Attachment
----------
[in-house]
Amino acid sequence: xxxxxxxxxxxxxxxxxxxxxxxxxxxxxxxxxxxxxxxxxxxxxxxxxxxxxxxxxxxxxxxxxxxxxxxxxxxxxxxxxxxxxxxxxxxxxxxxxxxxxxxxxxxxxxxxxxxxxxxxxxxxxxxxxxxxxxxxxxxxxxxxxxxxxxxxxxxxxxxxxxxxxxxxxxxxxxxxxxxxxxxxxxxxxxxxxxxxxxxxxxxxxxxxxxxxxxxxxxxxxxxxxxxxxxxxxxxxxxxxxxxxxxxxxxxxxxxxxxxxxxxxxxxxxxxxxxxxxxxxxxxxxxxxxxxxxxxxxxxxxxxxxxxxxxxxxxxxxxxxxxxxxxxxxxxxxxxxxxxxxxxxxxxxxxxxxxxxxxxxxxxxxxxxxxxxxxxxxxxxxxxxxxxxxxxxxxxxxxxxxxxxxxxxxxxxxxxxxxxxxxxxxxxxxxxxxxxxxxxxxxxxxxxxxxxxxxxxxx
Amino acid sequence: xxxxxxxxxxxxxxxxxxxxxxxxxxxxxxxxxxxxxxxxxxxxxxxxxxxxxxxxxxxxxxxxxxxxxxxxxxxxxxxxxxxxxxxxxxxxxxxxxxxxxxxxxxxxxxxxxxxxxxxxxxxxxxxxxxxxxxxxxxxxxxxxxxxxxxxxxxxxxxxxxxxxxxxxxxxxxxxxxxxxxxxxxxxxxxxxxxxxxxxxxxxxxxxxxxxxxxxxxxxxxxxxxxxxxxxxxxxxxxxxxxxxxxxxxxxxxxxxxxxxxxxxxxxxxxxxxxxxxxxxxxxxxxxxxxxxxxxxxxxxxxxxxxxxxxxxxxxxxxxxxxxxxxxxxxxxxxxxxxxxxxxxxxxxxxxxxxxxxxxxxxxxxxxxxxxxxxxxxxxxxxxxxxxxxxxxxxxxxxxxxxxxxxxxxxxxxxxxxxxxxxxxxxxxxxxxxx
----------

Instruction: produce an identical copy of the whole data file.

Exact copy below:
[in-house]
Amino acid sequence: xxxxxxxxxxxxxxxxxxxxxxxxxxxxxxxxxxxxxxxxxxxxxxxxxxxxxxxxxxxxxxxxxxxxxxxxxxxxxxxxxxxxxxxxxxxxxxxxxxxxxxxxxxxxxxxxxxxxxxxxxxxxxxxxxxxxxxxxxxxxxxxxxxxxxxxxxxxxxxxxxxxxxxxxxxxxxxxxxxxxxxxxxxxxxxxxxxxxxxxxxxxxxxxxxxxxxxxxxxxxxxxxxxxxxxxxxxxxxxxxxxxxxxxxxxxxxxxxxxxxxxxxxxxxxxxxxxxxxxxxxxxxxxxxxxxxxxxxxxxxxxxxxxxxxxxxxxxxxxxxxxxxxxxxxxxxxxxxxxxxxxxxxxxxxxxxxxxxxxxxxxxxxxxxxxxxxxxxxxxxxxxxxxxxxxxxxxxxxxxxxxxxxxxxxxxxxxxxxxxxxxxxxxxxxxxxxxxxxxxxxxxxxxxxxxxxxxxxxx
Amino acid sequence: xxxxxxxxxxxxxxxxxxxxxxxxxxxxxxxxxxxxxxxxxxxxxxxxxxxxxxxxxxxxxxxxxxxxxxxxxxxxxxxxxxxxxxxxxxxxxxxxxxxxxxxxxxxxxxxxxxxxxxxxxxxxxxxxxxxxxxxxxxxxxxxxxxxxxxxxxxxxxxxxxxxxxxxxxxxxxxxxxxxxxxxxxxxxxxxxxxxxxxxxxxxxxxxxxxxxxxxxxxxxxxxxxxxxxxxxxxxxxxxxxxxxxxxxxxxxxxxxxxxxxxxxxxxxxxxxxxxxxxxxxxxxxxxxxxxxxxxxxxxxxxxxxxxxxxxxxxxxxxxxxxxxxxxxxxxxxxxxxxxxxxxxxxxxxxxxxxxxxxxxxxxxxxxxxxxxxxxxxxxxxxxxxxxxxxxxxxxxxxxxxxxxxxxxxxxxxxxxxxxxxxxxxxxxxxxxxx